Estimating Joint Kinematics using Wearable Inertial Measurement Units
Collaborators: Noel Perkins
Joint kinematics, namely joint angles, are a widely used metric of human performance and health spanning a number of disciplines including human biomechanics, human factors, and ergonomics. Optical (camera-based) motion capture systems are well-suited to providing joint kinematic data at the cost of conducting the data collections in a laboratory setting. On the other hand, inertial measurement unit (IMU)-based motion capture, allows for studying human movement in natural settings. However, there are a number of unique complexities to deriving joint angles from IMU data.
The challenge of extracting joint angles from IMU data requires a sequence of estimations that define: 1) the orientation of the IMU frames relative to their independent world frames, 2) the orientation of their independent world frames relative to each other, and 3) the orientation of the IMU frames relative to their respective body segment anatomical frames. This work contributes a measurement theory to correct for the inevitable integration drift error arising in this sequence of estimates without reliance on magnetometer data.
Automated Measurement System for Warfighter Performance Quantification
Collaborators: Noel Perkins, Leia Stirling
Warfighter performance is difficult to understand, monitor, and quantify. The associated challenges are the result of the diverse, complex tasks that warfighters perform, the variability in human performance, the environments in which warfighters operate, and the limited knowledge of the measures that characterize task-specific success and failure. Additional confounding effects include equipment (e.g., load, bulk, and stiffness), training, and performance degradation (e.g., fatigue).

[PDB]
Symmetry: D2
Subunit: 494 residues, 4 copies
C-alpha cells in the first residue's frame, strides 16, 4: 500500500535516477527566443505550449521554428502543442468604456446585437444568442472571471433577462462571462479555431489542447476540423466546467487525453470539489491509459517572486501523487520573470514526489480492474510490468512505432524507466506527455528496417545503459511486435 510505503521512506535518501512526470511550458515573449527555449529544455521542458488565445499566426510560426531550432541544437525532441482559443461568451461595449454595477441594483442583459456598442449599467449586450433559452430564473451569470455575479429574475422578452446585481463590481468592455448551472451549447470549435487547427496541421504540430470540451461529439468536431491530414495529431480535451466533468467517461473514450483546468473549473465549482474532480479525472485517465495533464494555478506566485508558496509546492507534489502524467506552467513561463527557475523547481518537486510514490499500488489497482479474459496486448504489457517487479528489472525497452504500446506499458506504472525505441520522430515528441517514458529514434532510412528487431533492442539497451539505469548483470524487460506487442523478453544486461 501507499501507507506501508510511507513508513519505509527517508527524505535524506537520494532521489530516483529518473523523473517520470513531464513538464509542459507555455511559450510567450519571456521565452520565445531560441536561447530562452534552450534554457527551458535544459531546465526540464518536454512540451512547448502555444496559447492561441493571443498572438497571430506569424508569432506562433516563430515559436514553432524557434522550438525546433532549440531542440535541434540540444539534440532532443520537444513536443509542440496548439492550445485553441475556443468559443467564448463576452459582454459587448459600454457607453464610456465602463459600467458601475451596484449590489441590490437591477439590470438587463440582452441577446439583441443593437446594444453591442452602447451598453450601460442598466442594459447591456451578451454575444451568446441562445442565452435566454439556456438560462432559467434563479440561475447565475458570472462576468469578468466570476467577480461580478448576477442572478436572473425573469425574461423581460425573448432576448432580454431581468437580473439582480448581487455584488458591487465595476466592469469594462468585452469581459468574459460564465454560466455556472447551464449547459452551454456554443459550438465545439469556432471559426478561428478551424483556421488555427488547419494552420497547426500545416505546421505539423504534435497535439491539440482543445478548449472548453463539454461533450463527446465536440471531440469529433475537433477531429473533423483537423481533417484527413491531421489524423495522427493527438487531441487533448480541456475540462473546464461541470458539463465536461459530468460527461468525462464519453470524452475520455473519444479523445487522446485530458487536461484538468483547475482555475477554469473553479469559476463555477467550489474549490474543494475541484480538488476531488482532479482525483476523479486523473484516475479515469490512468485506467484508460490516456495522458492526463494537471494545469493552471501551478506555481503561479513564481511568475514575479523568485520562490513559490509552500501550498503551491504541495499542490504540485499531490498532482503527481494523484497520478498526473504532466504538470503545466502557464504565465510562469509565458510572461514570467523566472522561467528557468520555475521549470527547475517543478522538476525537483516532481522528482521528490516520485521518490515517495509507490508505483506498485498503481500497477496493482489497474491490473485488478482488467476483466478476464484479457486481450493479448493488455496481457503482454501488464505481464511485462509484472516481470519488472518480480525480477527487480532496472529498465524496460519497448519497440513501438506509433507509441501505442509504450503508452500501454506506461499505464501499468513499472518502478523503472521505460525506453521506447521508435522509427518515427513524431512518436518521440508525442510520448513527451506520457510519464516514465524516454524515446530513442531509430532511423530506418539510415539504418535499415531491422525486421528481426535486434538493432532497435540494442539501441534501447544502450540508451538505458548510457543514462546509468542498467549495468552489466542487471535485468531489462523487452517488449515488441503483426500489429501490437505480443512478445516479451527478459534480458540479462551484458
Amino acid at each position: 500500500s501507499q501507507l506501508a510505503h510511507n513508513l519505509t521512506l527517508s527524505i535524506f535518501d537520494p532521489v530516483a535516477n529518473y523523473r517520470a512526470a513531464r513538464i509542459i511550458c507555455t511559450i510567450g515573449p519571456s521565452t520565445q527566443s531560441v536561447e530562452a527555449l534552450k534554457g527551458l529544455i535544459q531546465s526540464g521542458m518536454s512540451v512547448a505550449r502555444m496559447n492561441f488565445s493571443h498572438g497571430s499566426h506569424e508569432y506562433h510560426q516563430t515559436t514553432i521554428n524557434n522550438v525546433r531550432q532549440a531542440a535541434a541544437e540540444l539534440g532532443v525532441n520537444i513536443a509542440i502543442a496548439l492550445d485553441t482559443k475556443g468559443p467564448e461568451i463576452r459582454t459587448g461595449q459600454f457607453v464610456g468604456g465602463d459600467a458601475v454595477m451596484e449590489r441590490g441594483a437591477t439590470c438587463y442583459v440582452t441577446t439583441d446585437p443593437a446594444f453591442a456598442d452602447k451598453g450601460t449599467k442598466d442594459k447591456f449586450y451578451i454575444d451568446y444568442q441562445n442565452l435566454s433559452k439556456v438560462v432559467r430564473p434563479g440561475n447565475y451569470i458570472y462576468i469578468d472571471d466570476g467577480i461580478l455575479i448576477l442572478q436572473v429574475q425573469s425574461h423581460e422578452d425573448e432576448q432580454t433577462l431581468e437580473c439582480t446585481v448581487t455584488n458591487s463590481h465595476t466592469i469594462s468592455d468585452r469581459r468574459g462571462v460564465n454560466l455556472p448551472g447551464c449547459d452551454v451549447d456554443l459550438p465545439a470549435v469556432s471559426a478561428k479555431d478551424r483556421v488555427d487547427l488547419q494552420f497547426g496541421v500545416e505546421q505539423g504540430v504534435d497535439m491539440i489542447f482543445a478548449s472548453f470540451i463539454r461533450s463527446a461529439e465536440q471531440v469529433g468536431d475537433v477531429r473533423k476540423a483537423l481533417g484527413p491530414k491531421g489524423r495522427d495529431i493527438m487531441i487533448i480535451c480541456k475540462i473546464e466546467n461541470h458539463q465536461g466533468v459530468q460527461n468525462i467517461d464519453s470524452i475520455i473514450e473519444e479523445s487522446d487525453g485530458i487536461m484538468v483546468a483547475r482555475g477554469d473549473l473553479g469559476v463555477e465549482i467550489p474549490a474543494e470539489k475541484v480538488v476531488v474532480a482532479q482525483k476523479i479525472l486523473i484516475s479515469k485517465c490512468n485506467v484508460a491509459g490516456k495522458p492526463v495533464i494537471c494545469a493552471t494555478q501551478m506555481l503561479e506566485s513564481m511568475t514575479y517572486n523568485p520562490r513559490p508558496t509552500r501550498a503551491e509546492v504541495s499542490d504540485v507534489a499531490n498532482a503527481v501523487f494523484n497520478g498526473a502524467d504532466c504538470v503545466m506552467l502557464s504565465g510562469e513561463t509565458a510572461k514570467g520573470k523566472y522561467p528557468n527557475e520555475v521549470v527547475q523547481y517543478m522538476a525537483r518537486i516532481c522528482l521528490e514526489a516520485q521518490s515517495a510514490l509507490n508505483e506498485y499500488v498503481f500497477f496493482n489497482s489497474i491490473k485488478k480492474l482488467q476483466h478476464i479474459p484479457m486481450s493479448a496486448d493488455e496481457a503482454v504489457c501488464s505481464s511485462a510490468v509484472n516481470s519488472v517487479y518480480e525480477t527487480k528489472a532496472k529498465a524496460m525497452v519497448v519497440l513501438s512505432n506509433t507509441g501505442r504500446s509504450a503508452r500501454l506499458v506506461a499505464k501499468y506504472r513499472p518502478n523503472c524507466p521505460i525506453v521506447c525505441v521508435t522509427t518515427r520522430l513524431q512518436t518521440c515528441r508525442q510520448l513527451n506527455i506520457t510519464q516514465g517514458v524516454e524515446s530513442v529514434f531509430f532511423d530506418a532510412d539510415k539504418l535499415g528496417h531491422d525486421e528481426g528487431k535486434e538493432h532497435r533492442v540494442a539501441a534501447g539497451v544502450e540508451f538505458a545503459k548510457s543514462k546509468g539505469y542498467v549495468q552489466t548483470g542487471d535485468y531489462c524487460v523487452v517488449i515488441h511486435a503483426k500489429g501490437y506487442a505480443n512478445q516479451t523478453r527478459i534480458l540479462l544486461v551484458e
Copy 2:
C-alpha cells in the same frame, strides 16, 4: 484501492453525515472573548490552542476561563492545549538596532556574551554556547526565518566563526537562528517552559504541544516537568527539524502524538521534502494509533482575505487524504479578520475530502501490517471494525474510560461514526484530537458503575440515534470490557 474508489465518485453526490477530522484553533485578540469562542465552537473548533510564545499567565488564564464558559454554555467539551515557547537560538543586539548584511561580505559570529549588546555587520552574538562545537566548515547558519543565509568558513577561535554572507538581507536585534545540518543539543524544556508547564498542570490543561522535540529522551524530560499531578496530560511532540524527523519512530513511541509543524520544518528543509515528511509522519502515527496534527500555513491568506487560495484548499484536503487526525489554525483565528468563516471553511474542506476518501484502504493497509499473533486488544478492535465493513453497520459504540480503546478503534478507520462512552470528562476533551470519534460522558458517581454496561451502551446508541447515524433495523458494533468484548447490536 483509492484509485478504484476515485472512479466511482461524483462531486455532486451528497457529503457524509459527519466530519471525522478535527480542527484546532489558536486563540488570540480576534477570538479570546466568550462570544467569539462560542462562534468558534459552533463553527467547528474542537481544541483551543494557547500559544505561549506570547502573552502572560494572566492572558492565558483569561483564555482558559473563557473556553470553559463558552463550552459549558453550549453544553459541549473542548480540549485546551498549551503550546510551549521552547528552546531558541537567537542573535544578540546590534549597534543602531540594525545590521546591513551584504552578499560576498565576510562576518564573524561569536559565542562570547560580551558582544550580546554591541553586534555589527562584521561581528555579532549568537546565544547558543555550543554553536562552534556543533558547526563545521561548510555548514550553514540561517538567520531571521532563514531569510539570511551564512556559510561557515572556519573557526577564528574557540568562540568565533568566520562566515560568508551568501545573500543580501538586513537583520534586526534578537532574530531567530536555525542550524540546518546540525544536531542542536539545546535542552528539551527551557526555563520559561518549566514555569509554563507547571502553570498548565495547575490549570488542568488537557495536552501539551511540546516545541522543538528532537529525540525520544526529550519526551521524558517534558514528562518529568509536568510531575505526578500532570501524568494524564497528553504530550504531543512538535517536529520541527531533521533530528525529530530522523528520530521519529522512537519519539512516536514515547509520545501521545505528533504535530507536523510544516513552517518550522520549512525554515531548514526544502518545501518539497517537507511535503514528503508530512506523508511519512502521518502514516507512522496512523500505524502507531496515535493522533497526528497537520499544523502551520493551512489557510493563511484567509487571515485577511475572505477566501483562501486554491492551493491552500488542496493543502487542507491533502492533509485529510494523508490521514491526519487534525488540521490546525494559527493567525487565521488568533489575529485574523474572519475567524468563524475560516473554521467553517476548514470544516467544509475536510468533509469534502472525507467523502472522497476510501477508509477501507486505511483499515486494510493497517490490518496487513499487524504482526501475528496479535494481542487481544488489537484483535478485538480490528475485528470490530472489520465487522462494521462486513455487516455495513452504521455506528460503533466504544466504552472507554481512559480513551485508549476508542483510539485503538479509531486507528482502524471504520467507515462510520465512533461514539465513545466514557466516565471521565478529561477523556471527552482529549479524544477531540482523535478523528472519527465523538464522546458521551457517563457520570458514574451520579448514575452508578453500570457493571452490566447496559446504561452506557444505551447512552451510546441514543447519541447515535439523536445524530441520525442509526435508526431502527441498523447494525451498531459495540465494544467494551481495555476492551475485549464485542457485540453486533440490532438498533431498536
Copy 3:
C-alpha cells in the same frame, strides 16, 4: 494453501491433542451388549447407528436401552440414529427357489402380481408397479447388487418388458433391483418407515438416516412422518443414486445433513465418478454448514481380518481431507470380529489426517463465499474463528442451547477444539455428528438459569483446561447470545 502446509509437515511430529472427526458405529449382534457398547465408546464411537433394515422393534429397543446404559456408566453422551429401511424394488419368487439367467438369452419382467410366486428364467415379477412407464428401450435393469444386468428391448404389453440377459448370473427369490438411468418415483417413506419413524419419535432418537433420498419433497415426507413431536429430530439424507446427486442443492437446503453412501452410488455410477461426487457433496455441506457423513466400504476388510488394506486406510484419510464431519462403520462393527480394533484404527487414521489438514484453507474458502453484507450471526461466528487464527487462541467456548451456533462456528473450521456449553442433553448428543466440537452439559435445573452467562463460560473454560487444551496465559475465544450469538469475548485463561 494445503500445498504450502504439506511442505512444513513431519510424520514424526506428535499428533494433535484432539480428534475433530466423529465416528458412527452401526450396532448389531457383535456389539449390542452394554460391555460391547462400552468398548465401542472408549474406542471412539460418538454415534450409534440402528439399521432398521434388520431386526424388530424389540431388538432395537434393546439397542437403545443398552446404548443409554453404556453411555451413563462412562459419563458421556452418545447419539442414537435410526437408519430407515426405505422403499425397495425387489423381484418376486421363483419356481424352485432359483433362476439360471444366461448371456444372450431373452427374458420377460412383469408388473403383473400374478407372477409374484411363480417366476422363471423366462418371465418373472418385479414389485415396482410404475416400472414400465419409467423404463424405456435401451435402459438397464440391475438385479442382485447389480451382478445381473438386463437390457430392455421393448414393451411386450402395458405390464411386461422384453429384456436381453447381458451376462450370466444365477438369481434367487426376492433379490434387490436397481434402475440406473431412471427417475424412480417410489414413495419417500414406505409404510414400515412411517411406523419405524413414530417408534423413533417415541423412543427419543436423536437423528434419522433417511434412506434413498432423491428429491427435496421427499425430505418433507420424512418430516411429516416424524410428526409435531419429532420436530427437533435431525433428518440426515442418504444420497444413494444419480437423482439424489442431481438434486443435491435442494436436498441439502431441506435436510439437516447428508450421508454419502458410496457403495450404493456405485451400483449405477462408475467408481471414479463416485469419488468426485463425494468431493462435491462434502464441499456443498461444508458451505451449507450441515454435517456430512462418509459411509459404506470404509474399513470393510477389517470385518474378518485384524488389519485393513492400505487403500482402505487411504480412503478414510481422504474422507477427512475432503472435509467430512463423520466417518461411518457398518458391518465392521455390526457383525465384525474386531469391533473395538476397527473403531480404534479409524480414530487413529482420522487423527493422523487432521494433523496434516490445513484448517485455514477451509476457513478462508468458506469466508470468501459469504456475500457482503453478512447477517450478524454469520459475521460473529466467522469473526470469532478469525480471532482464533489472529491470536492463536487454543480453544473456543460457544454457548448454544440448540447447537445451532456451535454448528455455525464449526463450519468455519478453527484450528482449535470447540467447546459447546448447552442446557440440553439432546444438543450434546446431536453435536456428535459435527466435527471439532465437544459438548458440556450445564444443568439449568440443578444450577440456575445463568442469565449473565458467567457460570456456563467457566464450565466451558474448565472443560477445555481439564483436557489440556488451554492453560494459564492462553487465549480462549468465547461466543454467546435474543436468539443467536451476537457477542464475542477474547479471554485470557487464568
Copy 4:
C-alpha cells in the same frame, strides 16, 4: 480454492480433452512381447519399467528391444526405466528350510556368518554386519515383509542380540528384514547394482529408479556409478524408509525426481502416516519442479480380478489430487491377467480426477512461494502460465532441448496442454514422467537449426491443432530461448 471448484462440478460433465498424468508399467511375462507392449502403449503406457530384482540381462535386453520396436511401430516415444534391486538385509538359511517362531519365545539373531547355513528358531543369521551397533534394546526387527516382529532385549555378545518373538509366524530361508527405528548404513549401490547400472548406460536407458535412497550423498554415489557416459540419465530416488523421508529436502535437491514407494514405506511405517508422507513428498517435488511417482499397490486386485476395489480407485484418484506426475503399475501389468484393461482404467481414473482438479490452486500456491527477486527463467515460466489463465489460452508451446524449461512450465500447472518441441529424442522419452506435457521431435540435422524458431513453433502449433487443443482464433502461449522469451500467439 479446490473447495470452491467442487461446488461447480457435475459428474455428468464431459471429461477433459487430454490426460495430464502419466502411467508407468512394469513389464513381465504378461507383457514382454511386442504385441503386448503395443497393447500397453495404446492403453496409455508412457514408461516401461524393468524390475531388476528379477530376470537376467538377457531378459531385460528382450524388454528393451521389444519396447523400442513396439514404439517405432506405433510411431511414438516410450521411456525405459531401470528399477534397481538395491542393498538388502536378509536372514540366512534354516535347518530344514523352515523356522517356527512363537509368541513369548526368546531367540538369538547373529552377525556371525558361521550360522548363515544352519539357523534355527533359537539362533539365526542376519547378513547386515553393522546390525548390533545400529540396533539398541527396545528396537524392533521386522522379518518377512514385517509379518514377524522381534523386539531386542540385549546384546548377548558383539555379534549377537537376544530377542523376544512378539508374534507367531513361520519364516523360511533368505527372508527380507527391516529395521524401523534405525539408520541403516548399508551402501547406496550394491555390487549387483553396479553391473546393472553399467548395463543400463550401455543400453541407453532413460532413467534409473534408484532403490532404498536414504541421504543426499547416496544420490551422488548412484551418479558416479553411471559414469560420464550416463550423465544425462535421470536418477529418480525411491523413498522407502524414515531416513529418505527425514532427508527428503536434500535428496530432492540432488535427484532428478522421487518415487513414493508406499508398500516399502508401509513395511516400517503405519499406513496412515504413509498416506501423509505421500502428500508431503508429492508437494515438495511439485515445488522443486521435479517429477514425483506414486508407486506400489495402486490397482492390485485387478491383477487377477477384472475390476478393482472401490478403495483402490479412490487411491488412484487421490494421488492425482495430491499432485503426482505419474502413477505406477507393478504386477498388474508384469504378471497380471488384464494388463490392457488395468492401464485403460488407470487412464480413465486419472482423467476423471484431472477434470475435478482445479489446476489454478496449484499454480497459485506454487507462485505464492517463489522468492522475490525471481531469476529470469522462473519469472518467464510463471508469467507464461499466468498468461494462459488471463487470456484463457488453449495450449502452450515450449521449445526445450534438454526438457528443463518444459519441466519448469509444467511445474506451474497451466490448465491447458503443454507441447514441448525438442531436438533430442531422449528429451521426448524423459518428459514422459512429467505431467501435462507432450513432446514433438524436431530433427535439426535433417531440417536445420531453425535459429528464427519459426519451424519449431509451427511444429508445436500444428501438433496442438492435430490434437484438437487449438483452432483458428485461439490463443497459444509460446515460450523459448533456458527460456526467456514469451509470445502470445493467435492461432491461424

This project utilizes an array of wearable inertial measurement units (IMUs) to evaluate performance across multiple tasks and the effects of body-borne loads on performance in the context of an outdoor obstacle course known as the Load Effects Assessment Program (LEAP). This work addresses a major need of military organizations that frequently employ the LEAP to understand how added loads influence warfighter performance. Importantly, the findings and conclusions drawn from the nontraditional metrics of performance derived from the IMU data would not be possible using timing metrics, which are historically used to evaluate performance.
iNewton - Engaged Learning for Undergraduate Engineering Dynamics
Collaborators: Cindy Finelli, Noel Perkins
Active learning is broadly defined as any instructional practice that involves students in the learning process, and common approaches include techniques like cooperative learning, problem-based learning, and experiential learning. Educational research provides strong evidence that active learning results in positive gains in student learning and broader educational experiences across a wide variety of science, technology, engineering, and mathematics (STEM) fields. However, adoption of these instructional methods remain low as the result of a common barrier for many instructors: time, both in terms of covering material in class and preparation time outside of the classroom.
This project introduced a novel learning platform technology, referred to as interactive-Newton or iNewton, to promote the engaged learning of Newtonian mechanics in an undergraduate engineering dynamics course. iNewton delivers an inexpensive and highly portable device for measuring and analyzing motion, essentially a “dynamics laboratory at your fingertips.” It does so at modest cost and without the need for any laboratory infrastructure. The three stages of the project (demonstrations, prescribed experiments, and student projects) revealed greater benefits as student engagement with iNewton increased.